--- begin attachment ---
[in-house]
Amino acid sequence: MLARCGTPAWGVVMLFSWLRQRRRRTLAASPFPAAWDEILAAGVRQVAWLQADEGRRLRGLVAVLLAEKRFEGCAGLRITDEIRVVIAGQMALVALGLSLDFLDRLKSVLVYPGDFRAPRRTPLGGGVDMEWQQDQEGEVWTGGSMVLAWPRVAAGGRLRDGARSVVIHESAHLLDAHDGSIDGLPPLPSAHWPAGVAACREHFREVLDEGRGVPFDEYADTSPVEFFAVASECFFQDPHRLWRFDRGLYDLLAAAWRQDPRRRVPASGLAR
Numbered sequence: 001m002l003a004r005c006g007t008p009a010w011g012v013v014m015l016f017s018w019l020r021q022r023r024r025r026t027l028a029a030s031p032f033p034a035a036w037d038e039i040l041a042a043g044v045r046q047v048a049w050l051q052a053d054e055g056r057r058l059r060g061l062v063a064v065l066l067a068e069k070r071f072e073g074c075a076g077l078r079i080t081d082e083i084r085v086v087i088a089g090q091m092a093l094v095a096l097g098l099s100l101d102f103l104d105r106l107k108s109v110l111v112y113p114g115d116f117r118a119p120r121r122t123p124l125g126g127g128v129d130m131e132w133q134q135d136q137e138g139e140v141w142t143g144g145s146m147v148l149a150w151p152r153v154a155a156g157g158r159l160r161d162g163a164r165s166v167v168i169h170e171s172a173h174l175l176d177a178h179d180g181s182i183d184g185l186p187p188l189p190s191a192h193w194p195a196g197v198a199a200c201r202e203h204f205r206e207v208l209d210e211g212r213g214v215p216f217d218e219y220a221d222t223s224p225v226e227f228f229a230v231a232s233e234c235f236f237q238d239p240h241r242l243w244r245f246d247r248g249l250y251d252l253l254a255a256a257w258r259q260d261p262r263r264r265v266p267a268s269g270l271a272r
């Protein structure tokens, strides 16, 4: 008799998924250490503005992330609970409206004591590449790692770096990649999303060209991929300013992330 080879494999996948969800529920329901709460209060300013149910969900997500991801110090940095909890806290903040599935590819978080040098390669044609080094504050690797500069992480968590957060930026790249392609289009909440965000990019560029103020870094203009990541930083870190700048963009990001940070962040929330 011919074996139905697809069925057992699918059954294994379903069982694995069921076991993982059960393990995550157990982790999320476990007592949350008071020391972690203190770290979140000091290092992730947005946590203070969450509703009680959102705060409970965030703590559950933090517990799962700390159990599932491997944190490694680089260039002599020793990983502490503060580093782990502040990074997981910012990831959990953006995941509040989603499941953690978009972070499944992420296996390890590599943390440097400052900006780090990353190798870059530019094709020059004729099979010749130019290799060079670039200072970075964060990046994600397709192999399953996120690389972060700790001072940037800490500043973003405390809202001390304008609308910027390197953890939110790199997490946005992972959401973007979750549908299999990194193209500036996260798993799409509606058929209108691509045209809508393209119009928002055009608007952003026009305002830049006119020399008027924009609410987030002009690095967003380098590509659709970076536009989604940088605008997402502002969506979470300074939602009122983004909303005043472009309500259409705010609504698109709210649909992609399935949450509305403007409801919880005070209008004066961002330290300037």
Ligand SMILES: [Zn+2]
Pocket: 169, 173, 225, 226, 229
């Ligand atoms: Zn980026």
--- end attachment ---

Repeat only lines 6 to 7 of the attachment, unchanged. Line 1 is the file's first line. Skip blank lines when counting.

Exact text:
Pocket: 169, 173, 225, 226, 229
């Ligand atoms: Zn980026």